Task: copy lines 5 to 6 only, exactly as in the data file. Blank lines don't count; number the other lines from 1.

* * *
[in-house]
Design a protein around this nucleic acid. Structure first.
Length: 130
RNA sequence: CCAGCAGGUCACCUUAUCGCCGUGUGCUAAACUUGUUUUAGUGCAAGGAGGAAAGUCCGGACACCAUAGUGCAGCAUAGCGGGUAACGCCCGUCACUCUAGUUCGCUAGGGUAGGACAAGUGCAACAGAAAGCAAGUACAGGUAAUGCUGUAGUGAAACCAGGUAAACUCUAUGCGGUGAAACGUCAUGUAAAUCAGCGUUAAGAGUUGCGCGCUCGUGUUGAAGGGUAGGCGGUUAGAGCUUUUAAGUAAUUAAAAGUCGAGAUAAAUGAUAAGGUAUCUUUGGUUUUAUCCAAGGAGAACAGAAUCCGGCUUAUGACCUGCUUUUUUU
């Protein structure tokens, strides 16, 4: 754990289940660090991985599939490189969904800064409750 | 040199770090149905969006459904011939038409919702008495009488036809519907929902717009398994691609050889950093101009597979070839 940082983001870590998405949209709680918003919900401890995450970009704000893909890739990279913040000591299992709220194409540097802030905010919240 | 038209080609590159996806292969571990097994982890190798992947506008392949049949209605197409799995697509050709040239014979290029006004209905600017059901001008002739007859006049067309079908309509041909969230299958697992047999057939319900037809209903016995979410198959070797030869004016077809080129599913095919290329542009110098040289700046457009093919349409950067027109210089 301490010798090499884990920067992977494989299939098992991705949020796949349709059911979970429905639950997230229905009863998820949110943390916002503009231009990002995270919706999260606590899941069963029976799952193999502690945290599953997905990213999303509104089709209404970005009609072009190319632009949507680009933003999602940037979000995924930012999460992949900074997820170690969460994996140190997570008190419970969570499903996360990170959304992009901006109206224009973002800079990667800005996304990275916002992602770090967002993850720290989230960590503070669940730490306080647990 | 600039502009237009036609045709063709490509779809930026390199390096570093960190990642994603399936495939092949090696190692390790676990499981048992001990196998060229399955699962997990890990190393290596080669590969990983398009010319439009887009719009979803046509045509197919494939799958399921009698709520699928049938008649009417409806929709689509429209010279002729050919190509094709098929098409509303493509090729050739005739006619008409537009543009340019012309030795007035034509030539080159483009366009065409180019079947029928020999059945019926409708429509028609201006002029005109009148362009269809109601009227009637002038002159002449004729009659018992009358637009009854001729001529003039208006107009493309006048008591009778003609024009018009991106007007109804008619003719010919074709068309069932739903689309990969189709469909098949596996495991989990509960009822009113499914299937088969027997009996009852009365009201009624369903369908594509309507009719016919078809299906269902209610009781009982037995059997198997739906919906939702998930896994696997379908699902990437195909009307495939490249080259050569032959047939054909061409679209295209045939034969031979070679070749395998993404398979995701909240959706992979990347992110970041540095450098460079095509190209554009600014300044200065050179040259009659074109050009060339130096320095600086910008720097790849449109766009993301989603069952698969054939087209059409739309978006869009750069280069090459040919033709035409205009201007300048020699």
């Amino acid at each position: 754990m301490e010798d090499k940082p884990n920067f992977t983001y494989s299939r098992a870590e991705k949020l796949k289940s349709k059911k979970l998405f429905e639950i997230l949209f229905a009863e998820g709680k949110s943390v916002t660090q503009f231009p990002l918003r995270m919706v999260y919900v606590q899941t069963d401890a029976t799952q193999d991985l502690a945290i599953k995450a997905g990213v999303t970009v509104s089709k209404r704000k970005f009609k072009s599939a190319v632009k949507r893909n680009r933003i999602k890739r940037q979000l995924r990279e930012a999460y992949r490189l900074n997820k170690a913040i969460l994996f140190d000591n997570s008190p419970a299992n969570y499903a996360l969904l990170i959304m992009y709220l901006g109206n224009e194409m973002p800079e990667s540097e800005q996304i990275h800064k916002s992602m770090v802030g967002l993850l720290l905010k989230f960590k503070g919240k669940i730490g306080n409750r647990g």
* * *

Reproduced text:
């Protein structure tokens, strides 16, 4: 754990289940660090991985599939490189969904800064409750 | 040199770090149905969006459904011939038409919702008495009488036809519907929902717009398994691609050889950093101009597979070839 940082983001870590998405949209709680918003919900401890995450970009704000893909890739990279913040000591299992709220194409540097802030905010919240 | 038209080609590159996806292969571990097994982890190798992947506008392949049949209605197409799995697509050709040239014979290029006004209905600017059901001008002739007859006049067309079908309509041909969230299958697992047999057939319900037809209903016995979410198959070797030869004016077809080129599913095919290329542009110098040289700046457009093919349409950067027109210089 301490010798090499884990920067992977494989299939098992991705949020796949349709059911979970429905639950997230229905009863998820949110943390916002503009231009990002995270919706999260606590899941069963029976799952193999502690945290599953997905990213999303509104089709209404970005009609072009190319632009949507680009933003999602940037979000995924930012999460992949900074997820170690969460994996140190997570008190419970969570499903996360990170959304992009901006109206224009973002800079990667800005996304990275916002992602770090967002993850720290989230960590503070669940730490306080647990 | 600039502009237009036609045709063709490509779809930026390199390096570093960190990642994603399936495939092949090696190692390790676990499981048992001990196998060229399955699962997990890990190393290596080669590969990983398009010319439009887009719009979803046509045509197919494939799958399921009698709520699928049938008649009417409806929709689509429209010279002729050919190509094709098929098409509303493509090729050739005739006619008409537009543009340019012309030795007035034509030539080159483009366009065409180019079947029928020999059945019926409708429509028609201006002029005109009148362009269809109601009227009637002038002159002449004729009659018992009358637009009854001729001529003039208006107009493309006048008591009778003609024009018009991106007007109804008619003719010919074709068309069932739903689309990969189709469909098949596996495991989990509960009822009113499914299937088969027997009996009852009365009201009624369903369908594509309507009719016919078809299906269902209610009781009982037995059997198997739906919906939702998930896994696997379908699902990437195909009307495939490249080259050569032959047939054909061409679209295209045939034969031979070679070749395998993404398979995701909240959706992979990347992110970041540095450098460079095509190209554009600014300044200065050179040259009659074109050009060339130096320095600086910008720097790849449109766009993301989603069952698969054939087209059409739309978006869009750069280069090459040919033709035409205009201007300048020699």
């Amino acid at each position: 754990m301490e010798d090499k940082p884990n920067f992977t983001y494989s299939r098992a870590e991705k949020l796949k289940s349709k059911k979970l998405f429905e639950i997230l949209f229905a009863e998820g709680k949110s943390v916002t660090q503009f231009p990002l918003r995270m919706v999260y919900v606590q899941t069963d401890a029976t799952q193999d991985l502690a945290i599953k995450a997905g990213v999303t970009v509104s089709k209404r704000k970005f009609k072009s599939a190319v632009k949507r893909n680009r933003i999602k890739r940037q979000l995924r990279e930012a999460y992949r490189l900074n997820k170690a913040i969460l994996f140190d000591n997570s008190p419970a299992n969570y499903a996360l969904l990170i959304m992009y709220l901006g109206n224009e194409m973002p800079e990667s540097e800005q996304i990275h800064k916002s992602m770090v802030g967002l993850l720290l905010k989230f960590k503070g919240k669940i730490g306080n409750r647990g």